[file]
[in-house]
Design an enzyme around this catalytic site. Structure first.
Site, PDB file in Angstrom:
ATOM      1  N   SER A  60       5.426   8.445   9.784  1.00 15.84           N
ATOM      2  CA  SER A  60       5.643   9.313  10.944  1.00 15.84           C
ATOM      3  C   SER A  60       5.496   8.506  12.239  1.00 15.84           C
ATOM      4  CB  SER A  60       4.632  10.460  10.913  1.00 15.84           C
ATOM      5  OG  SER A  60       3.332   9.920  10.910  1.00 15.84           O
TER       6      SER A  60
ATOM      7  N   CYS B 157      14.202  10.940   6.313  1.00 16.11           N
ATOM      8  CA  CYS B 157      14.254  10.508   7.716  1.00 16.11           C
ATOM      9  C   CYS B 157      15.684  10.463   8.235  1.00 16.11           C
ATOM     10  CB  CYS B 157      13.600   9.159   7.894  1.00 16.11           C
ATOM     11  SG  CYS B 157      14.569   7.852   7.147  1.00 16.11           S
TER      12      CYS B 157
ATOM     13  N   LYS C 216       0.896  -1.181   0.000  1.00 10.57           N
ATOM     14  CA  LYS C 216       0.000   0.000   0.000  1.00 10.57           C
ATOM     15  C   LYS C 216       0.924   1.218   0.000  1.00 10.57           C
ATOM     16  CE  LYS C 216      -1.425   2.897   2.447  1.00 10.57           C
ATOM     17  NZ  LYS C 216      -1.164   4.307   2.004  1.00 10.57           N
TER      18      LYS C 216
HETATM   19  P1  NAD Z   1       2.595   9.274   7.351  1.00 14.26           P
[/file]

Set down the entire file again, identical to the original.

[in-house]
Design an enzyme around this catalytic site. Structure first.
Site, PDB file in Angstrom:
ATOM      1  N   SER A  60       5.426   8.445   9.784  1.00 15.84           N
ATOM      2  CA  SER A  60       5.643   9.313  10.944  1.00 15.84           C
ATOM      3  C   SER A  60       5.496   8.506  12.239  1.00 15.84           C
ATOM      4  CB  SER A  60       4.632  10.460  10.913  1.00 15.84           C
ATOM      5  OG  SER A  60       3.332   9.920  10.910  1.00 15.84           O
TER       6      SER A  60
ATOM      7  N   CYS B 157      14.202  10.940   6.313  1.00 16.11           N
ATOM      8  CA  CYS B 157      14.254  10.508   7.716  1.00 16.11           C
ATOM      9  C   CYS B 157      15.684  10.463   8.235  1.00 16.11           C
ATOM     10  CB  CYS B 157      13.600   9.159   7.894  1.00 16.11           C
ATOM     11  SG  CYS B 157      14.569   7.852   7.147  1.00 16.11           S
TER      12      CYS B 157
ATOM     13  N   LYS C 216       0.896  -1.181   0.000  1.00 10.57           N
ATOM     14  CA  LYS C 216       0.000   0.000   0.000  1.00 10.57           C
ATOM     15  C   LYS C 216       0.924   1.218   0.000  1.00 10.57           C
ATOM     16  CE  LYS C 216      -1.425   2.897   2.447  1.00 10.57           C
ATOM     17  NZ  LYS C 216      -1.164   4.307   2.004  1.00 10.57           N
TER      18      LYS C 216
HETATM   19  P1  NAD Z   1       2.595   9.274   7.351  1.00 14.26           P